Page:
Medical scientists have been studying the brain for more than five hundred years – and, after all that time, the enigmatic organ still holds plenty of secrets. Finally, over just the last few years, a new technique called “optogenetics” is emerging, which may help scientists to unravel the brain’s secrets (and treat its disorders) in an entirely new way.
Why Do We Need Optogenetics?
In many ways, it’s amazing that psychiatric medication works at all. The state of the art – the very best modern science can do – amounts to immersing the brain in a chemical bath, and hoping that it does the one thing we’re interested in. And… it kind of works! Sometimes.
There are drugs that are very powerful for treating depression, OCD, bipolar disorder and Parkinson’s disease. They’re often riddled with unpleasant side effects. The medications that do work well were often discovered by nothing more than trial and error. In many cases, scientists do not have a detailed understanding of how the brain works to achieve normal function – or how it works when it is malfunctioning. These knowledge gaps are hard to address through traditional ways of studying the brain, and limit the ability to develop effective therapies.
What psychiatrists and neurologists would really like is total read-write access to the brain: the ability to reach inside someone’s head and excite or suppress arbitrary groups of neurons, with single-neuron resolution, letting us isolate the populations that are dysfunctional and correct their behavior in real time. Unfortunately, cracking someone’s head open and running wires to every neuron is impractical.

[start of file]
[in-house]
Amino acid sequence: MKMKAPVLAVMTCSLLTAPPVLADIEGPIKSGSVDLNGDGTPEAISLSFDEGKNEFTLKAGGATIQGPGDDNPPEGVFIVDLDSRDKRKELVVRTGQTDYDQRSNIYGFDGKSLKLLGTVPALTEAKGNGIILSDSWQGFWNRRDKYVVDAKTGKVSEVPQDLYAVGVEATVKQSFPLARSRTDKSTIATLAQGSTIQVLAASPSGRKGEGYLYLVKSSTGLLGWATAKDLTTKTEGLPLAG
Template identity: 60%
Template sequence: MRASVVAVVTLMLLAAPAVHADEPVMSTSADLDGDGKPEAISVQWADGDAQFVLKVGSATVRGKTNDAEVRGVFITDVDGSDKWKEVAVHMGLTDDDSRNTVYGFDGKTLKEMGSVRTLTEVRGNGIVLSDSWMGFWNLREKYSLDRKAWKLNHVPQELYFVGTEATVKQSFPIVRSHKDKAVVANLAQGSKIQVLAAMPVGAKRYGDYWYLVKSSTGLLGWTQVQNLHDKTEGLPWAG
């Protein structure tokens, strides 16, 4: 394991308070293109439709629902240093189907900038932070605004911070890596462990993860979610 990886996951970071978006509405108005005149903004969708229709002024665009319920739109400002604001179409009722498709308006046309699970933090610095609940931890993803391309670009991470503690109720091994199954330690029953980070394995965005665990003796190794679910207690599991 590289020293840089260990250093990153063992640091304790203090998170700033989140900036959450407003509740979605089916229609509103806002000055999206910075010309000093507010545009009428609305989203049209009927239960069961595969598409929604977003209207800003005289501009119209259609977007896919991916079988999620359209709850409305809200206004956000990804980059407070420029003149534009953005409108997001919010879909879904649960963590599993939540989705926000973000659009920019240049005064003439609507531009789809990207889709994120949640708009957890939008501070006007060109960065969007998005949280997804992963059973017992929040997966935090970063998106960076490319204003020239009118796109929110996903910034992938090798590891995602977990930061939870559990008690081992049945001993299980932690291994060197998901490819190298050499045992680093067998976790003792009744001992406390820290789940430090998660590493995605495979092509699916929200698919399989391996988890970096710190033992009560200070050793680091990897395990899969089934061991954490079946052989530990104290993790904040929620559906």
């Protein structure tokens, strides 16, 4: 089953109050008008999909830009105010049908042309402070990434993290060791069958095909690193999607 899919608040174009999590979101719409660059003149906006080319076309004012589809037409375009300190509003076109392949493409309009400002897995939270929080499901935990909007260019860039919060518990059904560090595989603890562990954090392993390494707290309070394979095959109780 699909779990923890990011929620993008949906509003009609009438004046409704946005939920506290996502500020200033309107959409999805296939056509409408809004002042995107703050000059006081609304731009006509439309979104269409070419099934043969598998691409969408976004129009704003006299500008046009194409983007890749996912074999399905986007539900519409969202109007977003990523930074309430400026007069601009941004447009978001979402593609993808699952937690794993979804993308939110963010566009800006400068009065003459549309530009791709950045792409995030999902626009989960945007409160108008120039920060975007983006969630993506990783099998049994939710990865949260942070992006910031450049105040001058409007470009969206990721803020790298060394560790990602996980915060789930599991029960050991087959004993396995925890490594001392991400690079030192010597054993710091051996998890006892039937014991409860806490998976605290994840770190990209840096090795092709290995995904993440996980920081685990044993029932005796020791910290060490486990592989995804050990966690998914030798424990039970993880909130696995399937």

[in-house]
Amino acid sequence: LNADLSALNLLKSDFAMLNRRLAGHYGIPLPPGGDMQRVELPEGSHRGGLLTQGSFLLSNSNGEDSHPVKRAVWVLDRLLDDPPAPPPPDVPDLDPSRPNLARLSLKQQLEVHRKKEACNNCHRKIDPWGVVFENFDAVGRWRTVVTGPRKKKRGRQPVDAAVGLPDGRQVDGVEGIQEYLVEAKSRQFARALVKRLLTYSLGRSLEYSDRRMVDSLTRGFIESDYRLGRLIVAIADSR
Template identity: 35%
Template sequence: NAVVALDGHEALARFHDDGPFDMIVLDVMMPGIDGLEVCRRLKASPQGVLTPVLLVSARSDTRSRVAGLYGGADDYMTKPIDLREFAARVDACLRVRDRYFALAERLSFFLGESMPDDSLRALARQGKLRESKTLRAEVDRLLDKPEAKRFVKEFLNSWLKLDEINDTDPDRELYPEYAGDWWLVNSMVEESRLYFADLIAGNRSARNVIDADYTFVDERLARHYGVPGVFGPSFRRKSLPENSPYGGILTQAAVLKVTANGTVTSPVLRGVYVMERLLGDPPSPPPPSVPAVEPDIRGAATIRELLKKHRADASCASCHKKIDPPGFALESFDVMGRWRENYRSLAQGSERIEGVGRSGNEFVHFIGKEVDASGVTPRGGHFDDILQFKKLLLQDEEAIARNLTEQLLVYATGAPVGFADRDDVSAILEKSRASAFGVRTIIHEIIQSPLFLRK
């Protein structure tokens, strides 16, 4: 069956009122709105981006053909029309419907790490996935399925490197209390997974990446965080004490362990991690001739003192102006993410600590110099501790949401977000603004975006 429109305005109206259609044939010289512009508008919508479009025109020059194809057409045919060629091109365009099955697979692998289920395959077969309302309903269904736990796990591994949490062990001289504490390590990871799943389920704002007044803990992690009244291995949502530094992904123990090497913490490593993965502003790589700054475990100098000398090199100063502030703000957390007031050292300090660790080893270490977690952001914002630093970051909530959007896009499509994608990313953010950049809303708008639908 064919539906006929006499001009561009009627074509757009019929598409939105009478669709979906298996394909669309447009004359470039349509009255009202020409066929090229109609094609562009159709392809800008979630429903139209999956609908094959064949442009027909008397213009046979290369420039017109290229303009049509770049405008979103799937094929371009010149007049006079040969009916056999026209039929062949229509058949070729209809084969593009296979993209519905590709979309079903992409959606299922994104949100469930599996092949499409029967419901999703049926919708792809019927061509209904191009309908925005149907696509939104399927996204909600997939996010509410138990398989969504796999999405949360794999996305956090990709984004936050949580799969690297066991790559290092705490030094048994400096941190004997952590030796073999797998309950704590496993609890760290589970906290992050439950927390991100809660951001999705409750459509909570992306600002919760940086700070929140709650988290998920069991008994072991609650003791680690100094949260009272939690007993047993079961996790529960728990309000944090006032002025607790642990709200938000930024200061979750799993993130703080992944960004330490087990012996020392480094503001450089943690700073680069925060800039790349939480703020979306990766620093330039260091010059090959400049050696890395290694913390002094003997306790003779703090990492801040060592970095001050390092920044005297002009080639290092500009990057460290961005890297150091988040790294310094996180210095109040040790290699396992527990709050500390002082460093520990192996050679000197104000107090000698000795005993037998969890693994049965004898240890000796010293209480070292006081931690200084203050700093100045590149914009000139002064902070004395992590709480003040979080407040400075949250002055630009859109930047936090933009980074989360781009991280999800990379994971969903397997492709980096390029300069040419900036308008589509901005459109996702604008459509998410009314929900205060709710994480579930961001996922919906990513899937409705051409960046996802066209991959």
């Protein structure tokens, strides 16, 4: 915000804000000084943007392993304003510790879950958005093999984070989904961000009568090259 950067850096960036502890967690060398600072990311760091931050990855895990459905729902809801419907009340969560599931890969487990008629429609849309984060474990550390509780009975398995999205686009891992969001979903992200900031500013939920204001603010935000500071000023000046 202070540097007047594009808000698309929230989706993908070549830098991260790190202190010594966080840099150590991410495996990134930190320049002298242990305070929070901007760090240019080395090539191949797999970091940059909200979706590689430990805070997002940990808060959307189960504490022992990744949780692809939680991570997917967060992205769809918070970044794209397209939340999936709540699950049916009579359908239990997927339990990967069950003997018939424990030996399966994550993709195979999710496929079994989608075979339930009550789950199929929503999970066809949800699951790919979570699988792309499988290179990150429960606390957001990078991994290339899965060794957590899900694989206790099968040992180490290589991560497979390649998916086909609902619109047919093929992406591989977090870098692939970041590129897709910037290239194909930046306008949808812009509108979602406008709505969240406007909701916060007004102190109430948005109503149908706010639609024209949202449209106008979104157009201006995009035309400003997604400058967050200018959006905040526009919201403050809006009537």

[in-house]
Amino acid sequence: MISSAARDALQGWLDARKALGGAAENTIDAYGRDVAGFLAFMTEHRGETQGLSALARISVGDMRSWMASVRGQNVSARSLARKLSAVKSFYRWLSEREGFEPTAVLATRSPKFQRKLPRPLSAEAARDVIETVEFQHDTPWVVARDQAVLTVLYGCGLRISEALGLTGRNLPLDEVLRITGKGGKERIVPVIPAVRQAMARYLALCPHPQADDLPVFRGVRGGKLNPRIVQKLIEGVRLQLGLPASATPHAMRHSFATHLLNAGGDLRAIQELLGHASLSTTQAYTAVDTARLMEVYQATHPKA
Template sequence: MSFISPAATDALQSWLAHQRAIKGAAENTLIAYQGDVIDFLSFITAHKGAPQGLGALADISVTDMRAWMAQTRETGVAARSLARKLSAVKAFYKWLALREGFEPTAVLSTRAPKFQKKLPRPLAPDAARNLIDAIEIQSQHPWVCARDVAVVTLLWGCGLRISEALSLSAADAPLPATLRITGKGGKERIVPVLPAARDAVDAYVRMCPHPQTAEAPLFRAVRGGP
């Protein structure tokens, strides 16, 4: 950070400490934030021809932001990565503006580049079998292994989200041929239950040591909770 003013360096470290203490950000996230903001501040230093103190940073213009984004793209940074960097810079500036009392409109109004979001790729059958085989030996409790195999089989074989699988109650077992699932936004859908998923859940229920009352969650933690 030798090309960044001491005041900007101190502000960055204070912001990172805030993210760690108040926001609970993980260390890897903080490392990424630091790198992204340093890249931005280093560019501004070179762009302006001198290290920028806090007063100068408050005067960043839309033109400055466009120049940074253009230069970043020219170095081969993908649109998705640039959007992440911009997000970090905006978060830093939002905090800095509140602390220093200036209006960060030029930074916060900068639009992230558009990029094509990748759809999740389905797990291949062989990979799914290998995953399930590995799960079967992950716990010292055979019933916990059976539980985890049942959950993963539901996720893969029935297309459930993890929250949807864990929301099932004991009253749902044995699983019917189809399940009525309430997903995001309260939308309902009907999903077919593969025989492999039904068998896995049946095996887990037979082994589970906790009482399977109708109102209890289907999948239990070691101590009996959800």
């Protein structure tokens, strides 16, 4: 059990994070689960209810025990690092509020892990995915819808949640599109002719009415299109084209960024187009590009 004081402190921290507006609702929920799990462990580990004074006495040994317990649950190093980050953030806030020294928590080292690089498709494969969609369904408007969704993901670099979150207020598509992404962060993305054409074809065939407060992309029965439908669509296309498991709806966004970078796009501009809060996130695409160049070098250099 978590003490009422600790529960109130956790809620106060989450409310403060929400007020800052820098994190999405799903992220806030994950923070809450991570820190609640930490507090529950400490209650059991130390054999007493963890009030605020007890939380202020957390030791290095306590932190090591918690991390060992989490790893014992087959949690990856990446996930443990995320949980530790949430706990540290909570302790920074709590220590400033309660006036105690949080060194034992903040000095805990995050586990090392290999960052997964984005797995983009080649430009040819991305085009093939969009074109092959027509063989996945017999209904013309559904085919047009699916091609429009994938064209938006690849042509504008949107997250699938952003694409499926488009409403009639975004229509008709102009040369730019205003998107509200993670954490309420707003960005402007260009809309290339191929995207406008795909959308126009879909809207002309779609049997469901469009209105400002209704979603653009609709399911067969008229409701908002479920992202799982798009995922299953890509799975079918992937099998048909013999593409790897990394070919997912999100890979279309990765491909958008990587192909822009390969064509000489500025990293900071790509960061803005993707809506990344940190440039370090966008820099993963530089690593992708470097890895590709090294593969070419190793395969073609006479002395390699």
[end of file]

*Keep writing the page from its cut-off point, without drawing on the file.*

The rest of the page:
The promise of optogenetics is that it may actually let doctors achieve something close to that kind of access.
How Scientists Use Light to Control the Brain
Here’s how it works: first, researchers inject the subject with a genetically engineered virus, designed to infect brain tissue. Hundreds of billions of copies of the virus flood the brain, injecting their payloads into nerve cells as they encounter them.
These viruses aren’t harmful: instead of delivering a malicious, self-replicating payload, these viruses have been engineered by scientists to deliver a benign DNA strand that codes for special surface proteins which respond to specific wavelengths of light. The viruses simply serve as disposable syringes to deliver the special DNA to the cells.
The neurons incorporate this special DNA, and, if conditions are right, express surface proteins that cause them to fire when stimulated with light – the same kinds of proteins that are used by human retinal cells to detect light and form images. By altering the DNA to be pickier about when it expresses itself, scientists can choose which kinds of neurons (there are thousands of varieties) express the surface protein and will respond to light.
Then, by carefully controlling where light is shone on the brain, the specific locations that are stimulated or depressed can be controlled with sub-millimeter precision, a degree of control that has never previously been possible. Even better, many areas of the brain can be affected without needing to cut into or thread wires through brain matter, making the procedure much safer than conventional forms of brain stimulation.
According to Ed Boyden, a professor of bioengineering and neuroscience at MIT,